I love that – “The more we are seen, the more we are heard. Let’s come together to support women’s rights in a creative and impactful way.”
There’s something wonderful about multiples of something. There’s no doubt that a sea of pink hats will send a really strong statement.
Plus, look how cute these hats are.
I didn’t knit for the march on Washington. I wanted to, but was feeling absolutely overwhelmed with an international move and planning a wedding and the idea of going to the post office on top of all that was almost enough to bring me to tears.
But there’s a sister march in London, and my friend Amber (she of the socks and our podcast) is interested in marching too. I thought: “Maybe I can do that?” Then I knit a (modified) hat in two hours flat.
The original pattern by Kat Coyle is really nifty. You rib for a bit, work a length of stockinette, and after another bit of ribbing, seam up the long sides. But calls for a heck of a lot of purling. I don’t despise purling the way I did when I was a little baby knitter, but it’s not my favourite thing.
Instead of following the pattern, I cast on 52 stitches and joined in the round. A whack of 2-2 ribbing (2 knits, two purls) and we’re away. I knit until 7.5 inches from the cast on edge (half of the original pattern’s length), and used a three needle bind off to finish.
This variation means there’s no seaming (unless you count the three needle bind off, which I don’t) and a faster knit (unless you’re a speedy purler, which I’m not)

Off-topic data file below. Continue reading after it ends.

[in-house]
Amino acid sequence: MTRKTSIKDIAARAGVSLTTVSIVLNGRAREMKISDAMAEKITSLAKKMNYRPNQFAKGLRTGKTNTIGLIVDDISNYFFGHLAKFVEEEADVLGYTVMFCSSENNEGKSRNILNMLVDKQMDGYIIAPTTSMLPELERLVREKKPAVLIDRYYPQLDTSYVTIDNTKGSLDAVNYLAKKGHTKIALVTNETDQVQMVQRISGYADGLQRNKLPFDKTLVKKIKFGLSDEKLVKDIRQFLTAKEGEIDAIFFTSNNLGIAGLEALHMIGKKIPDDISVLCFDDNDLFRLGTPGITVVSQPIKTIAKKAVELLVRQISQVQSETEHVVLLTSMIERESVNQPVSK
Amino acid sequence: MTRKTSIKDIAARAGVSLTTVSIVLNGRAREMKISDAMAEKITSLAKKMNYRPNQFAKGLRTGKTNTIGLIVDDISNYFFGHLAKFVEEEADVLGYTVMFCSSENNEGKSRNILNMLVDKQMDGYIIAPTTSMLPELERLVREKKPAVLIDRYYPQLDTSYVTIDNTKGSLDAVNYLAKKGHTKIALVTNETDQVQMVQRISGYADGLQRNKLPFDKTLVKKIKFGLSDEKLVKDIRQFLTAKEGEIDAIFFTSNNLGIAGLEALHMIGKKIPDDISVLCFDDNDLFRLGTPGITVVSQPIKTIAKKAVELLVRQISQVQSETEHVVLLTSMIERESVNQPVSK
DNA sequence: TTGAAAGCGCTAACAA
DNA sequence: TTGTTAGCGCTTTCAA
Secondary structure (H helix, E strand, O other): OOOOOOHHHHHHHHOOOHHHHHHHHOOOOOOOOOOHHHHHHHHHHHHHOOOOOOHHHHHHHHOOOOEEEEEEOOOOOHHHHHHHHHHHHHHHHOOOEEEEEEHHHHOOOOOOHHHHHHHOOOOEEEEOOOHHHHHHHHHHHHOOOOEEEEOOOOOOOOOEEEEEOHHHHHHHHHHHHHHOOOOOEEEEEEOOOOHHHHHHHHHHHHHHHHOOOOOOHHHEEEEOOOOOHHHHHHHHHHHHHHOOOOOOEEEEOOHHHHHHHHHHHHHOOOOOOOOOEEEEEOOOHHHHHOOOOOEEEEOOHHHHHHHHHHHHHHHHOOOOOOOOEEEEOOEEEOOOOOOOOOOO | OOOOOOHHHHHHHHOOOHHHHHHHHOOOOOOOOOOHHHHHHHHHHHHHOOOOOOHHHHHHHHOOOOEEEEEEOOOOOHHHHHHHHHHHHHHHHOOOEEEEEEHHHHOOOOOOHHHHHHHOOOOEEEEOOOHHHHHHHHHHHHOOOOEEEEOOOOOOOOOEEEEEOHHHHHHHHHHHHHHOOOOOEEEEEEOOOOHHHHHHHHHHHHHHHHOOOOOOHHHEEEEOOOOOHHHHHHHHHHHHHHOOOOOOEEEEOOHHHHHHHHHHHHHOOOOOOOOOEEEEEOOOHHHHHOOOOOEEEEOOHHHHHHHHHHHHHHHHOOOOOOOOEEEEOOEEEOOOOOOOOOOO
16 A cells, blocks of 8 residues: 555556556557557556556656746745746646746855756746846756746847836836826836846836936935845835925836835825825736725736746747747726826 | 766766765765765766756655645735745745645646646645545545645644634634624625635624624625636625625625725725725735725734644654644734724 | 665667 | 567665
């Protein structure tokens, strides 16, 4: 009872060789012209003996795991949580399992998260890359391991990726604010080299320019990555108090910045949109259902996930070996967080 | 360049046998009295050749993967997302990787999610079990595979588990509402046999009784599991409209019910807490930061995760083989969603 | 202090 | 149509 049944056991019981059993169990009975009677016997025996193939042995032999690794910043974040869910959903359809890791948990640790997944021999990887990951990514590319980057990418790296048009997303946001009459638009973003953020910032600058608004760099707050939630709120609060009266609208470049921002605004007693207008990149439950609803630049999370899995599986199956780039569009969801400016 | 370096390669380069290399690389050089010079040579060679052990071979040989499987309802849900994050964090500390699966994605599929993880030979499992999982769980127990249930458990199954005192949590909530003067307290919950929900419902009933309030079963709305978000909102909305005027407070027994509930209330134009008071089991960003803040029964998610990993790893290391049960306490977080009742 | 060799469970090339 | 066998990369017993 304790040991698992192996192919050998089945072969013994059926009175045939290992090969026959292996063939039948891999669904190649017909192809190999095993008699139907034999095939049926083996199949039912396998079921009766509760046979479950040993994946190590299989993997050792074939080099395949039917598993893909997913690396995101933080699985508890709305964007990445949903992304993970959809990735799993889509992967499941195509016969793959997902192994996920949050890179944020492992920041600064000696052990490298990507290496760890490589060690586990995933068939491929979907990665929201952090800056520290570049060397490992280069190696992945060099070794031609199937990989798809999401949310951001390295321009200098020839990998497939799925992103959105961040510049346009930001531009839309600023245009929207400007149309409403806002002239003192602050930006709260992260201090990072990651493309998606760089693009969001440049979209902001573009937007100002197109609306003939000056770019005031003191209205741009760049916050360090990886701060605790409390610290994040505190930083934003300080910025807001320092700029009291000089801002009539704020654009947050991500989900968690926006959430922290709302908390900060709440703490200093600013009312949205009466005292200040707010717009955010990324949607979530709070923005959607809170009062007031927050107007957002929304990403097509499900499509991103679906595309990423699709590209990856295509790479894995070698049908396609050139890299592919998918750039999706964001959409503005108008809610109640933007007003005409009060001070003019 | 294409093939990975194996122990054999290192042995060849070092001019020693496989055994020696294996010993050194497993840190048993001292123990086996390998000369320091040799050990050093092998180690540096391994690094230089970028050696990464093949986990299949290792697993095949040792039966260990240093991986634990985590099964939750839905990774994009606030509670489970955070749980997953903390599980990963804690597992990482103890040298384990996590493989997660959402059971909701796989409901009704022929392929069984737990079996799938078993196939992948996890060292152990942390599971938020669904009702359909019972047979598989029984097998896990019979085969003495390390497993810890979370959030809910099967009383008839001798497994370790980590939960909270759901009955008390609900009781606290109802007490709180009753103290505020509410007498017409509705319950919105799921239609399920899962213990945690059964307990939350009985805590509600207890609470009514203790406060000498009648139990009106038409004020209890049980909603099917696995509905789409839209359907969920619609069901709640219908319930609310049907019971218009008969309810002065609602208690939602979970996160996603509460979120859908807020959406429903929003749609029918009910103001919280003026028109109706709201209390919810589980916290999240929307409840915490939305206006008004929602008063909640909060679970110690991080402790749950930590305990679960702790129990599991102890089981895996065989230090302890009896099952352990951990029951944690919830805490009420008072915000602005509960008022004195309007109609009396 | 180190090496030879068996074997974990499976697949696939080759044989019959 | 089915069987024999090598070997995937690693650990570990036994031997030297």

There’s a lot of room for discussions about whether just knitting a hat and showing up for just one day is really enough. It’s not. Clearly it’s not enough. But that’s no reason not to knit. Even if all we start with is a warm hat on a cold day.
The Pussyhat Project in-the-round pattern variation
Materials: Worsted weight pink yarn and 4.5mm needles – or adjust the numbers to suit.
Cast on 52 stitches for a small-medium size or 56 stitches for medium-large, and join in the round, being careful not to twist.
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In the last six months, I’ve sewed a whole bunch of face masks. Most face masks fit well, but none were perfect. We picked up a couple of ready-made reusable face masks to try out, and J decided he preferred them. The pattern is easy as anything to make – easier than any other pattern […]